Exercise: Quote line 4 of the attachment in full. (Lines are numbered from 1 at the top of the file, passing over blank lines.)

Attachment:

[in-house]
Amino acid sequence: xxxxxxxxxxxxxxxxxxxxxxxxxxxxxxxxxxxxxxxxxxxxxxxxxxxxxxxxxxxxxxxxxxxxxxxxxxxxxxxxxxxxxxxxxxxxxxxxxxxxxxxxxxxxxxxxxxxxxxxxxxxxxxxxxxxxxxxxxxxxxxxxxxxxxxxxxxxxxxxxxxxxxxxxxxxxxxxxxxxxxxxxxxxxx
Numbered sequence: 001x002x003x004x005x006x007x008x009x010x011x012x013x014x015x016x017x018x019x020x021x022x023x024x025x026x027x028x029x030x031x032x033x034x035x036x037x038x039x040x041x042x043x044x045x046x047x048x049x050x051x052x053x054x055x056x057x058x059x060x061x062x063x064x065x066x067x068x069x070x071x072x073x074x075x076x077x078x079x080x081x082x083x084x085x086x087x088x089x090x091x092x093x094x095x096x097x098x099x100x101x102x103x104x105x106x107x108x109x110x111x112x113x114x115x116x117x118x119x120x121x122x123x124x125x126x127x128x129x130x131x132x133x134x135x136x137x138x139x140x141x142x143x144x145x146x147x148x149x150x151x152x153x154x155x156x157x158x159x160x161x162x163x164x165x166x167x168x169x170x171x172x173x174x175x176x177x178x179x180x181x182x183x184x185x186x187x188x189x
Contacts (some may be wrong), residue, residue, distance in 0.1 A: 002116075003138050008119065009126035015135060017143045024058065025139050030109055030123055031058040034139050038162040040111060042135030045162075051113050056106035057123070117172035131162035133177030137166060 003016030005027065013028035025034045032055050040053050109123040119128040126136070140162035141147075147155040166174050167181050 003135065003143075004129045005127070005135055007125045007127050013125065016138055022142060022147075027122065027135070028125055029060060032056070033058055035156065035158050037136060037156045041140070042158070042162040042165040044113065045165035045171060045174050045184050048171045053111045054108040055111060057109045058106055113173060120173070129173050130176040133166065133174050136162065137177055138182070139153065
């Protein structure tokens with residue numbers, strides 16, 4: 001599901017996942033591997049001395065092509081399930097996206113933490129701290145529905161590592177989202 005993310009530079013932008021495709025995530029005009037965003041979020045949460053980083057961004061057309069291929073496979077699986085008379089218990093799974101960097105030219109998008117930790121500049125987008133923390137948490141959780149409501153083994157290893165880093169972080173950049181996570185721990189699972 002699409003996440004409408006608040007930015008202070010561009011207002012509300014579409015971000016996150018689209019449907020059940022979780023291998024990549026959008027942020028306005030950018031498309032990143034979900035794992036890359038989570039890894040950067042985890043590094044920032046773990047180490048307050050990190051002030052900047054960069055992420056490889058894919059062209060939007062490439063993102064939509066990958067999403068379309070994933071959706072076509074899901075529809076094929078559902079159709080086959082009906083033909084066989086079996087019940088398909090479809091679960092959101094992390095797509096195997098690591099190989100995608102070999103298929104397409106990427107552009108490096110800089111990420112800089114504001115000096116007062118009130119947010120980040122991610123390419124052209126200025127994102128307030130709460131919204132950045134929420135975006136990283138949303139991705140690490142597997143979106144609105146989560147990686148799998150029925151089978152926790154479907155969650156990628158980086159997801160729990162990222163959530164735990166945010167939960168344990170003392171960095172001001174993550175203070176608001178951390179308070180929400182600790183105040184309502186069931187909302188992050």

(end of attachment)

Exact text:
Contacts (some may be wrong), residue, residue, distance in 0.1 A: 002116075003138050008119065009126035015135060017143045024058065025139050030109055030123055031058040034139050038162040040111060042135030045162075051113050056106035057123070117172035131162035133177030137166060 003016030005027065013028035025034045032055050040053050109123040119128040126136070140162035141147075147155040166174050167181050 003135065003143075004129045005127070005135055007125045007127050013125065016138055022142060022147075027122065027135070028125055029060060032056070033058055035156065035158050037136060037156045041140070042158070042162040042165040044113065045165035045171060045174050045184050048171045053111045054108040055111060057109045058106055113173060120173070129173050130176040133166065133174050136162065137177055138182070139153065